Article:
August 13, 2020 by Jason Contant
Months into the COVID-19 pandemic, reinsurance industry observers are seeing a mixed forecast ahead and it’s too early to tell how the pandemic will affect rating actions, according to a recent A.M. Best webinar.
“Obviously, the situation has gotten complicated with COVID prices,” said panellist Carlos Wong-Fupuy, senior director of global reinsurance ratings with ratings firm A.M. Best. “Definitely, there is increased expectation of improvement in pricing terms and conditions. But on the other hand, we have the uncertainty about the ultimate claims from COVID. We see all these factors really playing in opposite directions.”
A.M. Best has kept its outlook on the global reinsurance market as stable, while several other ratings firms have moved the outlook to negative. A.M. Best TV moderator Meg Green asked what were the main reasons behind this decision.
“This doesn’t mean we don’t think nothing has changed in the last year,” Wong-Fupuy said during the State of the Global Reinsurance Market webinar Tuesday. “Despite this stable outlook that we are assigning to the market, we don’t think that all companies are going to respond in the same way. Some are much better-positioned than others to respond to the challenges. I think this situation is going to exacerbate those differences.”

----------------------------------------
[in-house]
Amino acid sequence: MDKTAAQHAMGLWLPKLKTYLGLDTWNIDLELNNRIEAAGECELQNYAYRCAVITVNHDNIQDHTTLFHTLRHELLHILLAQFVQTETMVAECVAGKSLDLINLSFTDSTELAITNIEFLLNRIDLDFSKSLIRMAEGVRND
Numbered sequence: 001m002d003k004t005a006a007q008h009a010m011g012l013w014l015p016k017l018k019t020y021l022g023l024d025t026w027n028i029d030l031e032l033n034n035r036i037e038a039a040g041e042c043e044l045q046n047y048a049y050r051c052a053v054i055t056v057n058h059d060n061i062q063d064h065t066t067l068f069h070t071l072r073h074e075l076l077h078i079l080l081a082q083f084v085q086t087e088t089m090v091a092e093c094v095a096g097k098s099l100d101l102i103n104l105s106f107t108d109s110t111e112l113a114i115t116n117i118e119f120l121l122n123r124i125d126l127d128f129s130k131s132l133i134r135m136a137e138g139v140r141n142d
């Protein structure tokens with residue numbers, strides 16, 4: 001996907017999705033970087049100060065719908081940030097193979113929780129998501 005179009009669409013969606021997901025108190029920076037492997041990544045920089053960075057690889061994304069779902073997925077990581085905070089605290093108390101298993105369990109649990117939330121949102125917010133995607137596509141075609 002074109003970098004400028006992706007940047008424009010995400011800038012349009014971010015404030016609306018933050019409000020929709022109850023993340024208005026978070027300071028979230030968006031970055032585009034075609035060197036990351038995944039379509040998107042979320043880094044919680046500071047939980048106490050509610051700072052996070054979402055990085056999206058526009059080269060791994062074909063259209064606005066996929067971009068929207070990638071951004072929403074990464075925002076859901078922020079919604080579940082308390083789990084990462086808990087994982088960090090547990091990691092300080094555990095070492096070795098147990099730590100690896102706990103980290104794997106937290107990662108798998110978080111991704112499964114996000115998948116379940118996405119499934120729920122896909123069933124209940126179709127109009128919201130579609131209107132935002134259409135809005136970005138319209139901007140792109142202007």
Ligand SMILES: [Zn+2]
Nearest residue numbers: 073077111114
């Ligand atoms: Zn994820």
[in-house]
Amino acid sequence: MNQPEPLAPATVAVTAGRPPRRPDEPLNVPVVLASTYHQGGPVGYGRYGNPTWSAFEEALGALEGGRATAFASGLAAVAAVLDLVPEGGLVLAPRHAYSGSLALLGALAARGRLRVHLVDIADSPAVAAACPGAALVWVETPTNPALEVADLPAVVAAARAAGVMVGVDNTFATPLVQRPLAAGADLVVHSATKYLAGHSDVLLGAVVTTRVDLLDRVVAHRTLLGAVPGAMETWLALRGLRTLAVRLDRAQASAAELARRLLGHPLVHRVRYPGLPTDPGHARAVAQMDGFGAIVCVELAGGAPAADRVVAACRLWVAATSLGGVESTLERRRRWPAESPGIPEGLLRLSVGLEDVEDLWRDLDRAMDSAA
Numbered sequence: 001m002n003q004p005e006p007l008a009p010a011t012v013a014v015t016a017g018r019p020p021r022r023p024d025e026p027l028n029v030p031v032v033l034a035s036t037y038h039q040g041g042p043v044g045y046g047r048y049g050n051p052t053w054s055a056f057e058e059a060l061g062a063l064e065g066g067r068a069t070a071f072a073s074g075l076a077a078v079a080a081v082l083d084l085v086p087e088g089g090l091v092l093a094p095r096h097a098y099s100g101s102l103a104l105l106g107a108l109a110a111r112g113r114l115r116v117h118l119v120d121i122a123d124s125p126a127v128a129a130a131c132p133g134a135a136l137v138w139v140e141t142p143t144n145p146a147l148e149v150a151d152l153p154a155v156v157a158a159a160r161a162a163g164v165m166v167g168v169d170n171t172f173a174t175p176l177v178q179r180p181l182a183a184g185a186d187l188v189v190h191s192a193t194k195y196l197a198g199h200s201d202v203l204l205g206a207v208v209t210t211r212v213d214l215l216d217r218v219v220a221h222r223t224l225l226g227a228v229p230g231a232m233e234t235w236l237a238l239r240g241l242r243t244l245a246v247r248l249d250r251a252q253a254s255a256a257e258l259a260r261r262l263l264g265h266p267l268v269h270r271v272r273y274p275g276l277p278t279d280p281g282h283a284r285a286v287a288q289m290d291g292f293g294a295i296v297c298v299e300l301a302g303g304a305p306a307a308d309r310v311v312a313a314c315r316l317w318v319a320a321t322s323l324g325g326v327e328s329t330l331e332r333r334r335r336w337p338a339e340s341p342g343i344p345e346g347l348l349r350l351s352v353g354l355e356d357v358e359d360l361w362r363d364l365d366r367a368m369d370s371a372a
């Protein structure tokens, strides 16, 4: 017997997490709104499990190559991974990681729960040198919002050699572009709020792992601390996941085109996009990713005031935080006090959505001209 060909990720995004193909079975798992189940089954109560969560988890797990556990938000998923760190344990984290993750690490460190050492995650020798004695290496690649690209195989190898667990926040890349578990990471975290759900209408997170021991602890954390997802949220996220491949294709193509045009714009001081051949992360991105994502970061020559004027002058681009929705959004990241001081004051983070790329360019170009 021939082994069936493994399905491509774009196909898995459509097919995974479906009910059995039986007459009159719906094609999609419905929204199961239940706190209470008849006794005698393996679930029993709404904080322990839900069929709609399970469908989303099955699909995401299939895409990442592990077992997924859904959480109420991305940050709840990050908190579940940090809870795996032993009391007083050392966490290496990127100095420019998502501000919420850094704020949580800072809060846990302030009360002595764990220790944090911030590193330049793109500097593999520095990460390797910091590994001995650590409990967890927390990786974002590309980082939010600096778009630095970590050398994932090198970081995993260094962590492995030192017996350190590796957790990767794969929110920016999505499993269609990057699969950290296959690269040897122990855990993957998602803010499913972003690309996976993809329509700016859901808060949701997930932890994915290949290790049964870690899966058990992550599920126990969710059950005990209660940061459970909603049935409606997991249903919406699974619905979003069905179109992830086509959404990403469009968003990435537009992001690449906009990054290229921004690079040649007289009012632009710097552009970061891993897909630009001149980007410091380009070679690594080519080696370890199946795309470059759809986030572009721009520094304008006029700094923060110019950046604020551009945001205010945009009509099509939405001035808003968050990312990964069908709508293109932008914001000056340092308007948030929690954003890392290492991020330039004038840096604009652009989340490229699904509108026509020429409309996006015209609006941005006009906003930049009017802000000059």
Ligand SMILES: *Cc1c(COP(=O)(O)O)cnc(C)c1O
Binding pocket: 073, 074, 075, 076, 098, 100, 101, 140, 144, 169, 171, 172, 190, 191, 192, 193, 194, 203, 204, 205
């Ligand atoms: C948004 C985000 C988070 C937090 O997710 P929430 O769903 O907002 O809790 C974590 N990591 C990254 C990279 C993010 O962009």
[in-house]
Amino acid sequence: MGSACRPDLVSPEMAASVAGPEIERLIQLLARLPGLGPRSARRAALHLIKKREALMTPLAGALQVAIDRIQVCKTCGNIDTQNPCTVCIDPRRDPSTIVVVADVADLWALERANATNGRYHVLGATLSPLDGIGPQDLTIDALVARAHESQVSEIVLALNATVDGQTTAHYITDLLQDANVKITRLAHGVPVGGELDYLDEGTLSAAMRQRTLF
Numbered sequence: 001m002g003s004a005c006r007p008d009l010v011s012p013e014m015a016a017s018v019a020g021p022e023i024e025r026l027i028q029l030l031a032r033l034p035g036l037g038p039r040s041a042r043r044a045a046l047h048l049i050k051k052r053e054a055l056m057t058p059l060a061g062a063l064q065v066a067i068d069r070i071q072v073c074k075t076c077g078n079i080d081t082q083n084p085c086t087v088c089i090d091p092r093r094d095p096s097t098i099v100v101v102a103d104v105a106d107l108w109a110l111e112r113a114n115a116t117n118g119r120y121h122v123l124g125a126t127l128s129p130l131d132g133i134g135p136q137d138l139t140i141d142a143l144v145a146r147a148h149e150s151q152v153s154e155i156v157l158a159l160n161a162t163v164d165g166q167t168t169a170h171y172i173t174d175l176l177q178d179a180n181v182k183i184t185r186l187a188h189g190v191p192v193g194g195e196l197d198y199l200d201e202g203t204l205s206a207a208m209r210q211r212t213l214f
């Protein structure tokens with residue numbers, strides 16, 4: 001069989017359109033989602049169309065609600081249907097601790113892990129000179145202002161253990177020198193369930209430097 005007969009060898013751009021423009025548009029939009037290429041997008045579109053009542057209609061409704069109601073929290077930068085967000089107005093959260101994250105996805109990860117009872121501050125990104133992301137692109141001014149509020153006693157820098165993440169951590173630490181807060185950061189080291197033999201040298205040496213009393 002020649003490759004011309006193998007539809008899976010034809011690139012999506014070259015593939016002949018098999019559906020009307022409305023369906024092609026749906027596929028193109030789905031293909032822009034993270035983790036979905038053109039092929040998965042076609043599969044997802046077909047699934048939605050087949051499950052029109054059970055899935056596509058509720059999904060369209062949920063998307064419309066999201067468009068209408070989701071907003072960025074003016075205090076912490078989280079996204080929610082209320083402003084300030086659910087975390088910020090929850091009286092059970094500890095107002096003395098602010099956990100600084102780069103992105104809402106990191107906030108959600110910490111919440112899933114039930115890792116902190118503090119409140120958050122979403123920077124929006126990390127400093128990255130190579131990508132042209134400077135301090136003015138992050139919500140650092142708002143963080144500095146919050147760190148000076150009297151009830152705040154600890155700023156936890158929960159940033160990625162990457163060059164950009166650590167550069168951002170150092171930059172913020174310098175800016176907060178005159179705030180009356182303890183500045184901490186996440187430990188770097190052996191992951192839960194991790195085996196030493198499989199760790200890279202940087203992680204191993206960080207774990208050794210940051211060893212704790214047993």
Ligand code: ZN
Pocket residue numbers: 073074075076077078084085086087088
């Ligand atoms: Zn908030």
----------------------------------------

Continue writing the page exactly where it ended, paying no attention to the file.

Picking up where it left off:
Does that mean that negative rating actions are likely for the rest of the year?
“No, not necessarily,” said panellist Scott Mangan, A.M. Best’s associate director of global reinsurance, noting that the rating firm’s outlook is a market outlook, not necessarily a ratings outlook. While the two are related, market conditions can help some companies more than others, Mangan said. “There’s generally a lag from when we see market conditions translating into rating actions, both positively and negatively.”
Reinsurers have been dealing with challenging and competitive market conditions over the past five to 10 years, and reserve issues or social inflation “take a little while to flush off balance sheets and really translate into rating actions,” Mangan said.
“There’s a lot of uncertainty particularly around COVID losses,” he said. “If a company were to have an outside COVID loss, I’m not sure if we’d know for sure what exactly an outside COVID loss looks just yet. If so, that could translate into negative rating actions.
“If a company outperforms our expectations and their own, that could potentially translate into positive rating actions. It can cut both ways. It’s yet to be determined which direction rating actions will go.”
Feature image by iStock.com/Ig0rZh